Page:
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Spenda
2nd Jul 2001, 02:59
Dear Reader,

My Dad was asking me if I knew at what speed the stream of exhaust gases is doing when it comes out the back of a jet engine. He used the example of a B747 at 400 kts. I appreciate the answer my depend on the type of engine concerned, power setting, atmospheric conditions and so on. I was unable to answer his question and I was wondering if there were any RR, P&W, or GE types out there who could provide an answer. Are there any takers?

Pielander
2nd Jul 2001, 04:52
Good question.

I believe on civil engines, the core exit velocity (the hot bit) is normally just below the speed of sound. At a temperature of, say, 700K (about 400 deg.C) the speed of sound would be about 517 m/s (just over 1000 kts) I am a bit rusty with the figures, and this sounds a little high, but I would say at least about 800 kts. The speed out of the bypass duct would be considerably lower than this.

Re-heated military engines can have higher exit velocities, because they use convergent-divergent nozzles to accelerate the flow to supersonic speeds, but this is very wasteful of fuel.

Please, anybody, correct me if my theory is a little rusty.

Hope this helps.

Pie

john_tullamarine
2nd Jul 2001, 08:47
Sounds reasonable. I would hesitate to offer specific velocities without specific data .. but, then again, that might be just because I am a boring old conservative engineer.

Re 1000kt, making the usual assumptions, the normal sonic calculation is

a1/a2 = square root(T1/T2)

with the temperatures measured in degrees absolute.

For the example you quoted

a1 = 661 x square root(700/288)

= 1030 kt

or thereabouts ....

Pielander
2nd Jul 2001, 09:27
John

As always, I was using:

a = Sqrt(gamma x R x T)

At a guess, gamma would be between 1.3 and 1.35 for a core nozzle outlet mixture, and I would be the first to admit that the temperature is pure guesswork. I am glad you were able to corroborate the principle, though.

Thanks.

Pie

Zeke
2nd Jul 2001, 13:17
Looking at a P&W book..

Idle - 200 kt / 300 deg F
Military (non afterburner) 900 kt / 700 deg F
Maximum afterburner - 1000 kt / 1000 deg F

Pielander
2nd Jul 2001, 13:37
I don't do 'F' :)

Mark 1
2nd Jul 2001, 17:32
The RB211-524s at take-off power had jet velocities around 1500 ft/s in the hot jet and about 1000 ft/s in the bypass, which as previously stated is locally subsonic.

More recent civil aircraft will have lower velocities, mainly because of noise regulations. I believe the Trent is around 1100-1200 ft/s but can't be sure.

Spenda
2nd Jul 2001, 17:39
Thanks everybody for your responses. I'm sure that will satisfy my Dad's query. By the way, he was also wondering approximately how much of the total (if any of the total) forward thrust of the engine would be provided by the suction action of the fan and compressors drawing air in. That's way beyond my understanding of jet engines. Ideas? Thanks again.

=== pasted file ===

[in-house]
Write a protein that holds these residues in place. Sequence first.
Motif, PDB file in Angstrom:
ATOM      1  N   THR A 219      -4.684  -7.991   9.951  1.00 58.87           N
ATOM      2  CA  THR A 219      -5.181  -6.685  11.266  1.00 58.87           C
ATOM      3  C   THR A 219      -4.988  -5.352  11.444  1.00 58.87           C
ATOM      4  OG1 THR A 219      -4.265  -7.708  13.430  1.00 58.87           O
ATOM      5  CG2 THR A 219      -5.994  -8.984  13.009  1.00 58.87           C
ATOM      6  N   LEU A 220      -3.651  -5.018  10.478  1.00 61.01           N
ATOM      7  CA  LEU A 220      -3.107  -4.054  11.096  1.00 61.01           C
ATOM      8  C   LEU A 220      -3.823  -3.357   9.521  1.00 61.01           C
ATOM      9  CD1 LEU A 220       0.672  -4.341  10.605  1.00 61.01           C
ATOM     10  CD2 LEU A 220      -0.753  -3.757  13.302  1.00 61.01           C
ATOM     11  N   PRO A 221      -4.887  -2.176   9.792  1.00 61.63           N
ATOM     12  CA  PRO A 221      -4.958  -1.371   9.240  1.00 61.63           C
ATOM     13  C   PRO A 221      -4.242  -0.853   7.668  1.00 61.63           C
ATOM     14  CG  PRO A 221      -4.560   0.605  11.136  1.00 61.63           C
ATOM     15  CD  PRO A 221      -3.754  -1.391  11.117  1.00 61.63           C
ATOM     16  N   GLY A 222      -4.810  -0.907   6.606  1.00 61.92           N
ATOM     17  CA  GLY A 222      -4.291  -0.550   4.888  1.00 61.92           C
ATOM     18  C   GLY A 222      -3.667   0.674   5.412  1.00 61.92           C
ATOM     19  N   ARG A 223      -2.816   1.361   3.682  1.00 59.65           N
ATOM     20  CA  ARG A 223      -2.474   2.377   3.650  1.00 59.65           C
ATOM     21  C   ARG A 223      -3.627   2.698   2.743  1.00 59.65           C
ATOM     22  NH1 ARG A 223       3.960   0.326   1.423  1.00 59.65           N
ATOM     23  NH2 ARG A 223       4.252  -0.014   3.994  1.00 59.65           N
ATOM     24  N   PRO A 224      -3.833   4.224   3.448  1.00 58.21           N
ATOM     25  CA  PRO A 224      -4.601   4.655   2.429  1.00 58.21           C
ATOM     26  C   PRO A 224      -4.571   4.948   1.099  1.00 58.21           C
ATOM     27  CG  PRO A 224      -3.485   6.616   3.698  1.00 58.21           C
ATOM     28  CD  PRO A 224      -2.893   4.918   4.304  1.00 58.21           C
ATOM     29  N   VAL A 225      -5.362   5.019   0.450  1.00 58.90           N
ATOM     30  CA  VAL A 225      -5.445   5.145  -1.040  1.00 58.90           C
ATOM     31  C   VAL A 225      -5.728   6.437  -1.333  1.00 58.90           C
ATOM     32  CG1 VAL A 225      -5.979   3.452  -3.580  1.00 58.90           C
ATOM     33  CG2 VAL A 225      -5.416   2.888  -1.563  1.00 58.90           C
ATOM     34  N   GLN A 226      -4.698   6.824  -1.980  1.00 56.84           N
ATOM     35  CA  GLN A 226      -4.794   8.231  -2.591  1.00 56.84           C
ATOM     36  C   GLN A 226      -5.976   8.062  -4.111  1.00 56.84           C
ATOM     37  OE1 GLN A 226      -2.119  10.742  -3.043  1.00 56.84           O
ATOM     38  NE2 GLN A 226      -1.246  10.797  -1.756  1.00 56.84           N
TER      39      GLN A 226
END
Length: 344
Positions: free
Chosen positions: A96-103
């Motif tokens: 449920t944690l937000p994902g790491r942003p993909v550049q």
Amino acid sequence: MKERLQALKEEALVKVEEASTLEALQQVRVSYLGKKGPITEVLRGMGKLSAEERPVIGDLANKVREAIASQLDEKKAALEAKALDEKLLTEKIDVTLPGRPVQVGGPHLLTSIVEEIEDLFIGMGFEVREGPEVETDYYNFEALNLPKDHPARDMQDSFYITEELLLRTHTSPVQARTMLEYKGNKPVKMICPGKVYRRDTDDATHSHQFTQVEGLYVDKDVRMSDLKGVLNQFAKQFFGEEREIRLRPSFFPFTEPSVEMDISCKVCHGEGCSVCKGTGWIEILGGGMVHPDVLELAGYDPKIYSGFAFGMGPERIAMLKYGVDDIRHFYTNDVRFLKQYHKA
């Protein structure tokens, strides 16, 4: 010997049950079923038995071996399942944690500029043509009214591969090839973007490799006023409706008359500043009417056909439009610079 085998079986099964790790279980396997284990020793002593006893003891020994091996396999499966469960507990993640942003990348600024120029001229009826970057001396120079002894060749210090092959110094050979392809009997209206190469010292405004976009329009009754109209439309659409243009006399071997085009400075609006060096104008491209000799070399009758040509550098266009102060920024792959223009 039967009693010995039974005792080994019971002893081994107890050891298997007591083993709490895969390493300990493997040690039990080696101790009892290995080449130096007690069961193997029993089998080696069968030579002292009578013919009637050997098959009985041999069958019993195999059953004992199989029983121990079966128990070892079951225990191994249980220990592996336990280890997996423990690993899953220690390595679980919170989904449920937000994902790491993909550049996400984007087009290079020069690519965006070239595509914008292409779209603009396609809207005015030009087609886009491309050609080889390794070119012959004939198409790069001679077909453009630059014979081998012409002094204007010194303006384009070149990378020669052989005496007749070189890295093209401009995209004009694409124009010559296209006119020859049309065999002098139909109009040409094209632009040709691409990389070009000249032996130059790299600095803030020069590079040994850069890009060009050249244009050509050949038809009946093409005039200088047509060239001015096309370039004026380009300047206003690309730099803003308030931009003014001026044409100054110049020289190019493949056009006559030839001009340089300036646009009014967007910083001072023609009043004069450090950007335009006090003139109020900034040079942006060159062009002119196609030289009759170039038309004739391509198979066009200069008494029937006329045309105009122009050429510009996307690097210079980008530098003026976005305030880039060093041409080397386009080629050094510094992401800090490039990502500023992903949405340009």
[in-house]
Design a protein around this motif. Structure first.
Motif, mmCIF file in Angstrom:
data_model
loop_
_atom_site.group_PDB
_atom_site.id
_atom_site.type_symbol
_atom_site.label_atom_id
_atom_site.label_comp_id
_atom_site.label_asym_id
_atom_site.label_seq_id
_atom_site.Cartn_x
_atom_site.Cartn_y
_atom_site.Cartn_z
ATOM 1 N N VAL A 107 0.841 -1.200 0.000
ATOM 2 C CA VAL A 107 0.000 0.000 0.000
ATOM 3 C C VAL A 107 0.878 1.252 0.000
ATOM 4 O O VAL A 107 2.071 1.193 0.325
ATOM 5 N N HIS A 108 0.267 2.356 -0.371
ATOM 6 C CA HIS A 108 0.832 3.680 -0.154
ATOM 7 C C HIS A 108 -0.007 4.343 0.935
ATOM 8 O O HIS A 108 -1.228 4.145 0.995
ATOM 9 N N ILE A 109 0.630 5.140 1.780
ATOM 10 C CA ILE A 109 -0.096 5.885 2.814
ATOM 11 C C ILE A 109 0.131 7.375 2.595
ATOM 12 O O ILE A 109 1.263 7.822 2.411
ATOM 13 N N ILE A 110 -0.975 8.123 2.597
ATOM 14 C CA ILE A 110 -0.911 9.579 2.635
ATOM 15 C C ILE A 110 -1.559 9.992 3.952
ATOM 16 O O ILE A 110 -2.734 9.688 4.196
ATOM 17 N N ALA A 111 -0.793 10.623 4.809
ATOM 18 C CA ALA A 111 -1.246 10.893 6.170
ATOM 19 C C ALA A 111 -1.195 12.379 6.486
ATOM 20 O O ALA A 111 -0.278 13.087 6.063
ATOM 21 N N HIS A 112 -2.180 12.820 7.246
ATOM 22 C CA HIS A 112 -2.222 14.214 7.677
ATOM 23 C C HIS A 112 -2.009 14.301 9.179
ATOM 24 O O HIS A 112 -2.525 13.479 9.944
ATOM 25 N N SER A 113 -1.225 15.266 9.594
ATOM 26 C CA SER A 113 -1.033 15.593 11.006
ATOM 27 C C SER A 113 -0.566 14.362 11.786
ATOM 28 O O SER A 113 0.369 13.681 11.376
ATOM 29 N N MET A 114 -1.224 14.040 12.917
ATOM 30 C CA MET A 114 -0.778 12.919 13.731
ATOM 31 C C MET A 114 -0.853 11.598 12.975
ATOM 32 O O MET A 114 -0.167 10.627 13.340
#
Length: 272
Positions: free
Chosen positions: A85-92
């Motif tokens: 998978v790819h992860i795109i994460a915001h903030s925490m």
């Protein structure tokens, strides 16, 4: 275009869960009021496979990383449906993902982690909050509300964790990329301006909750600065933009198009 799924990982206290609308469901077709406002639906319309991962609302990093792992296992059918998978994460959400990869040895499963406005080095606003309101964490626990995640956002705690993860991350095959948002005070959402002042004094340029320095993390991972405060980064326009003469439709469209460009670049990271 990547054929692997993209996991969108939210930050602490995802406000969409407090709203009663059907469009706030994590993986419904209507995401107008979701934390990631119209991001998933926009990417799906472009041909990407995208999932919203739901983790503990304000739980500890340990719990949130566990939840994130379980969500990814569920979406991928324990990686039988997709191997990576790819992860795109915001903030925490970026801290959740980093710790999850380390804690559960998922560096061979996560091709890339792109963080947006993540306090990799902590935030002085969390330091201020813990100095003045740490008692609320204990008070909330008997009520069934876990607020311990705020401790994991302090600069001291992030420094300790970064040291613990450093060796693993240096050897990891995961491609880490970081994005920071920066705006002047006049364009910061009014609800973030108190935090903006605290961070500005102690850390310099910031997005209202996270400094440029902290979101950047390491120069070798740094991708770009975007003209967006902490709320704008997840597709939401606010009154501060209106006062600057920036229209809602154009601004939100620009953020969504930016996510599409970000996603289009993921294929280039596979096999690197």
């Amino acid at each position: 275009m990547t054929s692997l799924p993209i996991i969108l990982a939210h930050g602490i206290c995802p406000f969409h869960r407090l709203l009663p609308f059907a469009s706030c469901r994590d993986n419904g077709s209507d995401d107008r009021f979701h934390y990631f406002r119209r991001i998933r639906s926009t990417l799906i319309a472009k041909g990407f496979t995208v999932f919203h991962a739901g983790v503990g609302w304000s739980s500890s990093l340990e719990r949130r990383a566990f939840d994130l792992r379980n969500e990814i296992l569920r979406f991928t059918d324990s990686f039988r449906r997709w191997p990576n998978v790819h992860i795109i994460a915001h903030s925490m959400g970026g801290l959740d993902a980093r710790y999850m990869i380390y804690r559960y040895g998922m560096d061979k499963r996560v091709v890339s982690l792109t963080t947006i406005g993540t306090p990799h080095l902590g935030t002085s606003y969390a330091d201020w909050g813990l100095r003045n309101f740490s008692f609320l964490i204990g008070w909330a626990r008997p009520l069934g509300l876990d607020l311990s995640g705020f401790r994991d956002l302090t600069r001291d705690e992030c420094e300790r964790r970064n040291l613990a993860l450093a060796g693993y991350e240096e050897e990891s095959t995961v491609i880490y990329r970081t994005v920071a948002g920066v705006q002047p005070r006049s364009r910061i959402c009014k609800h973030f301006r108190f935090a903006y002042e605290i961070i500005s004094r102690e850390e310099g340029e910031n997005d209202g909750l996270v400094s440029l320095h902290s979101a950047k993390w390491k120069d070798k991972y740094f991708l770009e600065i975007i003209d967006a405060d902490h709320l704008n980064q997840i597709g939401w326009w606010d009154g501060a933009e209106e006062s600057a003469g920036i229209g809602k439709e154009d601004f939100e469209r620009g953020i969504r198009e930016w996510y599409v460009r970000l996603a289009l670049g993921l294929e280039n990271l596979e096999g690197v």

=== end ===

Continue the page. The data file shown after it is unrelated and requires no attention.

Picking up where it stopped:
Pielander
2nd Jul 2001, 18:40
It is true that a large proportion of thrust is produced by a pressure rise across the fan, and when the aircraft is stationary, I suppose there must be a static pressure reduction at the front surface of the fan blades, since the fan is downstream of the intake flow (clearly!)

Again correct me if I'm wrong, but:

p0 = P0 - 1/2(rho*V^2)

and

p1 = P0 + Delta P

where p is static pressure, P is total pressure, stations 0 and 1 are immediately before and after the fan, V is the air velocity through the fan, and and Delta P is the pressure loss through the bypass duct. This assumes the engine is at rest and also assumes incompressible flow.

Pressure difference would be p1 - p0. Multiply by annular fan area to get the thrust from the fan.

So you could say that the thrust from the fan is down to the static pressure reduction at the front of the engine, but I would prefer to break the thrust down into pressure differences across individual engine components, or simply consider the momentum balance across the whole engine. These are far more rhobust ways of explaining where thrust comes from.

I would recommend you get hold of a copy of "The Jet Engine" - Rolls Royce - ISBN 0 902121 2 35

Pie

john_tullamarine
3rd Jul 2001, 03:32
A large proportion of the engine's thrust comes from pressure differentials across the sidewall structures, especially in the inlet nacelle area. The idea of "suction" across the fan is not really valid, in the same way as for propellers.

The following thread in this forum has some interesting data for a pointy aircraft which goes quite quickly...

"Concorde's engines at Mach 2"

Mark 1
4th Jul 2001, 17:34
Although statically you could concieve of the fan 'sucking in' air, in flight their is a pressure rise in the diffuser section of the intake as the air slows down before going through the fan, statically the air has to be accelerated first.

This creates a momentum drag component on the engine due to the force required to slow the air down. Of course a large amount of the power required to overcome this is recovered as the air expands again through the nozzles.